Long-term-care insurance does double duty

  • The new approach to long-term care insurance offers greater options.
  • Put your long-term care policy together with life insurance.
  • Have your long-term care insurance policy double as an annuity.

More and more, financial advisers are recommending that clients have long-term-care insurance as part of their overall financial plan.

"Long-term care helps to mitigate the financial, physical and emotional consequences of caring for someone who has physical and/or cognitive impairments," says Barbara Carrollo-Loeffler, a financial representative with the Northwestern Mutual Financial Network in Summit, N.J.

Specifically, a tax-qualified, long-term-care insurance policy will pay benefits if and when you have a cognitive impairment, such as Alzheimer's disease, or you need assistance with two of the six so-called activities of daily living: eating, bathing, dressing, going to the bathroom, getting in and out of bed or a chair, and maintaining continence.

Extra peace of mind about the future is always good, but there's a cost. If you buy long-term-care insurance and never use it, it's the best scenario for your health. But have you wasted the money you spent on premiums?

That's the question that's spurred insurance companies to design hybrid products, allowing customers to get some benefit from their long-term-care insurance even if they never need care.

Long-term care with life insurance

The John Hancock Life Insurance Co.'s LifeCare based in Boston is a combined whole life insurance policy with long-term-care insurance, according to Chris Rogers, John Hancock's vice president. It is a single-premium life insurance policy with a cash value. In other words, you can use this like a simple life insurance policy. You pay in an amount of your choosing in one lump sum (a single premium). Whenever you die, the company pays your heirs some multiple of that amount. "The death benefit is approximately 2.5 times what you put into it," Rogers says.

But there's a distinct difference with LifeCare than with other policies.

"The death benefit can be accelerated and used for LTC. If you need care during your lifetime, you can draw down on the benefit to pay for those needs. Whatever you use reduces the balance in your life insurance plan, but if there is something leftover when you pass, that amount is still paid to your named beneficiary," Roger says.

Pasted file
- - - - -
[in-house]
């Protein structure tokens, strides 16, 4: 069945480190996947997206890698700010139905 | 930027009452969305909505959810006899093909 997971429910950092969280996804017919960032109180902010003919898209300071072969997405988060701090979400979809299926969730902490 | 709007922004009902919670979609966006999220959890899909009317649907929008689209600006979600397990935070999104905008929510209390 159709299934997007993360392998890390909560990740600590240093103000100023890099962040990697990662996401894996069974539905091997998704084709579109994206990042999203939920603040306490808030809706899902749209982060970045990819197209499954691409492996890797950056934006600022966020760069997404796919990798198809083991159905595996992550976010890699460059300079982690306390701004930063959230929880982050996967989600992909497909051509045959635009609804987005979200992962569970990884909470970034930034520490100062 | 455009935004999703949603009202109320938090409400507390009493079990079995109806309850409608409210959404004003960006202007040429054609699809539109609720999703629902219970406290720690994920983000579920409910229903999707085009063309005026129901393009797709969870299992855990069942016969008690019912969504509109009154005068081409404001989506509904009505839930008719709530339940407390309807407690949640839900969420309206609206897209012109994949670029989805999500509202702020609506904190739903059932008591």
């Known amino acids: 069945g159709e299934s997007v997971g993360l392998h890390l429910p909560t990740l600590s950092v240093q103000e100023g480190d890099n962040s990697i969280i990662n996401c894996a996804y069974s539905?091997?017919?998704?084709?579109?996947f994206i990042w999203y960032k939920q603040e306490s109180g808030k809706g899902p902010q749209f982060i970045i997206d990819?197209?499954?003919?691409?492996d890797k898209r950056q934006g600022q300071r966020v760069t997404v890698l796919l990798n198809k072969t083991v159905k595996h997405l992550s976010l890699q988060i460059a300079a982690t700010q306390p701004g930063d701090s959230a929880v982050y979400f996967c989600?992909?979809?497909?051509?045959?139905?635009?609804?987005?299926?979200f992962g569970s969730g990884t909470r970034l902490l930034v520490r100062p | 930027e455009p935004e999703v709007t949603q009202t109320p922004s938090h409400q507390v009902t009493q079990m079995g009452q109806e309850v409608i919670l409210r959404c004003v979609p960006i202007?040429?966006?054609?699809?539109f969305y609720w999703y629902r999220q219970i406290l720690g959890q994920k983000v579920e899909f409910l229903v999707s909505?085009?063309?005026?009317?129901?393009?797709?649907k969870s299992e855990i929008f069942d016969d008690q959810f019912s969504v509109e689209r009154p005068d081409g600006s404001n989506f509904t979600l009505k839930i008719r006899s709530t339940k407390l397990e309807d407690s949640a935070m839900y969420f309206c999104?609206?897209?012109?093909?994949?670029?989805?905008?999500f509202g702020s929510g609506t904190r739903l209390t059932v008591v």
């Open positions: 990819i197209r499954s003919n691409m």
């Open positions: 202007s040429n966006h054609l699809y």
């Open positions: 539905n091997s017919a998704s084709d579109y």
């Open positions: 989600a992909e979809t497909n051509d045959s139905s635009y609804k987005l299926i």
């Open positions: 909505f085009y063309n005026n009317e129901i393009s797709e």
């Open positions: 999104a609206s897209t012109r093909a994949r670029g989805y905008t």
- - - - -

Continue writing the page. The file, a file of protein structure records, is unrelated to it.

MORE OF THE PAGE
The "cash value" is also a benefit of this plan that doesn't come with a standalone, long-term-care insurance policy. If you cancel your LifeCare policy at any point, you get back the amount you put into it.

OneAmerica's State Life Insurance Co., based in Indianapolis, has the Asset-Care plan with similar benefits. Bruce Moon, vice president of OneAmerica's State Life says, "We take whole life insurance and utilize the death benefit if it's needed for LTC. It can work as a regular life insurance policy for anyone who doesn't need LTC."

An Asset-Care policy can be purchased with a single premium or a monthly premium, in any amount from $50,000 to $1.5 million.


Dan Jones, an internal wholesaler for Nationwide Mutual Insurance Co., based in Columbus, Ohio, says Nationwide doesn't sell any standalone, long-term-care insurance. But it does offer a long-term-care rider, or an addition or alteration, to their universal-life and variable-life insurance policies.

"If all goes well, you pass the money on to your heirs. But if not, we advance the death benefit to you to cover long-term-care costs during your lifetime," Jones says. He notes another advantage: "The benefits are income tax-free because life insurance payouts aren't taxed, and all we're doing is essentially advancing a death benefit."

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